I've also had the same response to LaTeX - I think I actually spent more time thinking about layout than I did when writing in Word at first. That isn't my experience now, but it was when I was learning. Markdown is really the only markup language where I've really expressed freedom from concern about formatting.

The way I read @dano's post is that, while you can write in RMarkdown, you'll still need some LaTeX skills to tweak the .tex and .cls files needed to meet your institutions formatting requirements. Again, if you're still early in your PhD, finding some likeminded peers to build an version of what @dano describes that is specific to your institution could be an amazing way to develop LaTeX+GitHub+R skills.

Speaking of packages...

I feel very conflicted about this advise from @hoelk. Like LaTeX, I am not sure the dissertation should be a place where you try and develop new skills like package development. If you want to package up your code, awesome, but build a package first before the dissertation so you understand how things work and how to do it well.

The tricky part of a dissertation is you are often figuring things out as you go, and the code you ultimately produce is going to reflect those iterations. It also is going to be very specific to your data and problem. I'm not sure most PhD students have the time or perspective to really grasp how their code can generalize to other projects, and I don't think I would advise students to put time into making a full fledged package (with testing, error messages, sample data) even if they did have a solid idea. I also think that packages should be very specific in terms of the problem that they solve, and a dissertation may really be better expressed in multiple packages depending on its complexity and breadth.

Case in point - I am now 3 years and 2 days out from graduation. I am just now really grasping how a technique I developed for my dissertation can be generalized and expressed in package form. This is only one piece of the code that my dissertation evolved from. One package for my entire dissertation project would not be appropriate.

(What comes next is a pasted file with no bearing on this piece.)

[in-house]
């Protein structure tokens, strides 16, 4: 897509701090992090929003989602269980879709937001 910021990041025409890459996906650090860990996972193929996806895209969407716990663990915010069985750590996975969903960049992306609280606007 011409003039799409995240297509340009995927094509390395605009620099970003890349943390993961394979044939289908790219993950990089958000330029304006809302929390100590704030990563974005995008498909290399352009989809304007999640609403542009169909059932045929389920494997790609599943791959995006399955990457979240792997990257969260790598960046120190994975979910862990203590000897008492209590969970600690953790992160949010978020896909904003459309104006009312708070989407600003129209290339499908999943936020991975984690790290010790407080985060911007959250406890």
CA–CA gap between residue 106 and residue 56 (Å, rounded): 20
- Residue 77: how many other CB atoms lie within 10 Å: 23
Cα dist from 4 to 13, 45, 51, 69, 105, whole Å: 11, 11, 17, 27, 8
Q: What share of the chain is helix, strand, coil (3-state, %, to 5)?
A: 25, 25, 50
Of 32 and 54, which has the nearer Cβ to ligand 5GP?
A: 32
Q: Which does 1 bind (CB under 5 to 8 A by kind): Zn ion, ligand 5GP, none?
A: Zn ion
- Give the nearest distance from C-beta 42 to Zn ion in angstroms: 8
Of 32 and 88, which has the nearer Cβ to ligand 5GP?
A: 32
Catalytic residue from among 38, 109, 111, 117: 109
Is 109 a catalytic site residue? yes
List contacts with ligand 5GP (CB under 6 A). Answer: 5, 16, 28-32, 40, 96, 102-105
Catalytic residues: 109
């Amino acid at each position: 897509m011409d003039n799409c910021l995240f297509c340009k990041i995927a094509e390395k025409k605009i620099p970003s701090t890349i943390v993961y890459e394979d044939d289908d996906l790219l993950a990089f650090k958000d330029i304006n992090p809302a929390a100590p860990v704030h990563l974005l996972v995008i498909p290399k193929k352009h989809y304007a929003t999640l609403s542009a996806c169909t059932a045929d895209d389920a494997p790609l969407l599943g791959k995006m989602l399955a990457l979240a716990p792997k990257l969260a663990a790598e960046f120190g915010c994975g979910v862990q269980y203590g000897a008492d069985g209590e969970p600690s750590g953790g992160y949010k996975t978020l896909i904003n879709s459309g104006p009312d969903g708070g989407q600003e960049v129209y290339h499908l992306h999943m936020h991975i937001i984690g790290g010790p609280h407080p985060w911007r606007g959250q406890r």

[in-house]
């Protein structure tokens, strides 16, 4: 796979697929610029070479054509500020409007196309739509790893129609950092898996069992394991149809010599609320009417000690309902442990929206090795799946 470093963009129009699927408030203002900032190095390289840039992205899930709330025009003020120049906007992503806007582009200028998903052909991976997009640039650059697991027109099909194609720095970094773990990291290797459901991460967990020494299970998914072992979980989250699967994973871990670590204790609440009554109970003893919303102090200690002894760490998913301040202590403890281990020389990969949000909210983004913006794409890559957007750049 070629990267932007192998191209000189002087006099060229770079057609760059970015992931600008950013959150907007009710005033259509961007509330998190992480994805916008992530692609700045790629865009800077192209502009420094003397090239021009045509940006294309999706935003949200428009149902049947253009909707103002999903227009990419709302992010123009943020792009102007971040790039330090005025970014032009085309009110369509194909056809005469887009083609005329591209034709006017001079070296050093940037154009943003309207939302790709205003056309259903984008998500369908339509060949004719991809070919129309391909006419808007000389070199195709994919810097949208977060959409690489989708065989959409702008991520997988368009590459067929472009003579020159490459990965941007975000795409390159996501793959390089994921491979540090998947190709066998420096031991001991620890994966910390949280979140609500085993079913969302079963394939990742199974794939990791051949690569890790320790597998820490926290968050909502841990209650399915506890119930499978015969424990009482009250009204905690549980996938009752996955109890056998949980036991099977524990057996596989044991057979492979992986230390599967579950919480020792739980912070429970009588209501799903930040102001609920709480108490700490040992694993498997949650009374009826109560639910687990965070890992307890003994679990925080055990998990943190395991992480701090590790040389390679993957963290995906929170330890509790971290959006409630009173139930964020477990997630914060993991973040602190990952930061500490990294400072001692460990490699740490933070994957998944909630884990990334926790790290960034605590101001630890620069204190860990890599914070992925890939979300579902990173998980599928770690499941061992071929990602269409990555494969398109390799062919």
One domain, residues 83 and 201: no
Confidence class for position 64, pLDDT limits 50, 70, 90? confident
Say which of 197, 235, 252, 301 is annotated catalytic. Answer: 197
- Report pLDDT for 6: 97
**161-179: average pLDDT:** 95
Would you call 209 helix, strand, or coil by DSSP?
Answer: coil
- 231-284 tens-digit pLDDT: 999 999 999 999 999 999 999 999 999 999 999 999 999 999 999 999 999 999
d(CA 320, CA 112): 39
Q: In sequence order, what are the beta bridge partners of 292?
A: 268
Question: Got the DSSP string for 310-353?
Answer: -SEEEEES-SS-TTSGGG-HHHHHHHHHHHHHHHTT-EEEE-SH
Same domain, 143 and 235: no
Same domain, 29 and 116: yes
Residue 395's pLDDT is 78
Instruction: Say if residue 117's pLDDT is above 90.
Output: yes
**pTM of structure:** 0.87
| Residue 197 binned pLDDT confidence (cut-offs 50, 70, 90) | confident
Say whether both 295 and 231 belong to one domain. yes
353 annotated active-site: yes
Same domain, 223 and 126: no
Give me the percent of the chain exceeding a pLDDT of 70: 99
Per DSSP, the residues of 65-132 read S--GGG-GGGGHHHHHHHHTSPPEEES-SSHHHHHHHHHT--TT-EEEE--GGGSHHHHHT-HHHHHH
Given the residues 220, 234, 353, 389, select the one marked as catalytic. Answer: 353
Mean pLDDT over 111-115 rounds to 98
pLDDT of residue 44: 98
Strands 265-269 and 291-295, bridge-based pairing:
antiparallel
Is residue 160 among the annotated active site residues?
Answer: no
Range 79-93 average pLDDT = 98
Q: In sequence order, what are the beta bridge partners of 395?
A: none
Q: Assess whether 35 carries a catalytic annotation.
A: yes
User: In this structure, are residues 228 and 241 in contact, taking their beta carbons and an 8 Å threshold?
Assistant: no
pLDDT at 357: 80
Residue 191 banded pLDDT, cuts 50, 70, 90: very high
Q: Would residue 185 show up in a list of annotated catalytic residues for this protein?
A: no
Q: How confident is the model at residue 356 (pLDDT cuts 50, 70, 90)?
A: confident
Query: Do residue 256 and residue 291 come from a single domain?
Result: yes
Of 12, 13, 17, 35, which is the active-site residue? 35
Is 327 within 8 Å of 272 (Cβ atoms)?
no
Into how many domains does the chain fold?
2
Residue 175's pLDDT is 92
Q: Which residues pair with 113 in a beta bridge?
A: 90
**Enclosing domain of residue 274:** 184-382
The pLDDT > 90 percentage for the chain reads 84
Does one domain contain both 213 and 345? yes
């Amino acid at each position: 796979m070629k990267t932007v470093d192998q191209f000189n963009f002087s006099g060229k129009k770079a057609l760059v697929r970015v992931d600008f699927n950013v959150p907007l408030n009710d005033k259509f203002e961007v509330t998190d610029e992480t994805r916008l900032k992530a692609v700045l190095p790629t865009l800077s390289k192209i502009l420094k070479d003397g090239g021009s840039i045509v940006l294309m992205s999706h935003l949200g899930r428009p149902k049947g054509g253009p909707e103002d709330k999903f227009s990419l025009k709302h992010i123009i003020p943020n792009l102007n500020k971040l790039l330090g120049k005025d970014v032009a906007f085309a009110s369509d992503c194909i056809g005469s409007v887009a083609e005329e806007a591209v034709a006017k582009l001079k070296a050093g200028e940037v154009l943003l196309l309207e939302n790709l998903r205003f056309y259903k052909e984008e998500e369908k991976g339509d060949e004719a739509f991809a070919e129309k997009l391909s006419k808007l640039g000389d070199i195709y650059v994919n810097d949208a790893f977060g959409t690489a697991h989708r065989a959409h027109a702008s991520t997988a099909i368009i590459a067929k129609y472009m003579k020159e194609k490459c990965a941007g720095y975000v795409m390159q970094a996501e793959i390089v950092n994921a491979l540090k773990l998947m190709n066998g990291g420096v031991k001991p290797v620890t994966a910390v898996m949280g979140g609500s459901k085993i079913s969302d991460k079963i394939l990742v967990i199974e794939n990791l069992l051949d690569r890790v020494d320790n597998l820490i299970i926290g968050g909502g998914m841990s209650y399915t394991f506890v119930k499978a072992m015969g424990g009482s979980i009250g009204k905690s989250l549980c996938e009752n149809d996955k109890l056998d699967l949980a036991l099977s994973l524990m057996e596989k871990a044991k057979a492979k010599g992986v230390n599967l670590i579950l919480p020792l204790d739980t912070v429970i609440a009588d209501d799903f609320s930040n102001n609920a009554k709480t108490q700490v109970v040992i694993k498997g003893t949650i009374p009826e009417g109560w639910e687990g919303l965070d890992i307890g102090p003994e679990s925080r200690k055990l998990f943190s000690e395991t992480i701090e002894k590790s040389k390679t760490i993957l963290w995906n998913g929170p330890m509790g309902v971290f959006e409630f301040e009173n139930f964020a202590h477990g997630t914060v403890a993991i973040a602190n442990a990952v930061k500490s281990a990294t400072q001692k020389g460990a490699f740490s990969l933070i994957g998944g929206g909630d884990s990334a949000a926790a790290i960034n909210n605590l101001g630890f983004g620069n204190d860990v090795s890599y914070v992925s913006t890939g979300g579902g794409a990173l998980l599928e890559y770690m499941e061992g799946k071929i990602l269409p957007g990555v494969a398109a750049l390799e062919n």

#13

@chris.prener I totally agree with your critisism and it probably was a bit of a communication failure on my part... I did not mean he should make a general, reusable, CRAN-ready package out of his thesis. I like to abuse packages as project-folders on steroids. The effort for setting up a package is basically zero once you've done it a few times, and you get a nice place to specify your dependencies (DESCRIPTION), manage a NAMESPACE for your project, and you can work with all the awesome package development tools like testthat and usethis. As soon as you do something like sourcing a functions.R file, you are imho much better advised to just to make a package. That does not mean it has to be something you would want to publish (or even other people to see ;)).


#14

got yah @hoelk - perhaps a misinterpretation on my part as well! I think you're right - these are all great tools by themselves. I think my earlier advice is still what I would tell a PhD student like @durraniu - if you already know what a NAMESPACE is and have used tools like devtools, usethis, etc - this could be an excellent way to keep your work organized. If, however, this is your first rodeo, better to leave packaging for a post-graduation exercise. Just my two cents here.


#15

Wow! I wasn't expecting so many responses in a day. But this is all great advice, thank you, everyone.

One major (and unintended) side effect of my question was the LaTeX vs Rmarkdown debate. Personally, I have tried learning LaTeX a few times but not pursued it due to two reasons: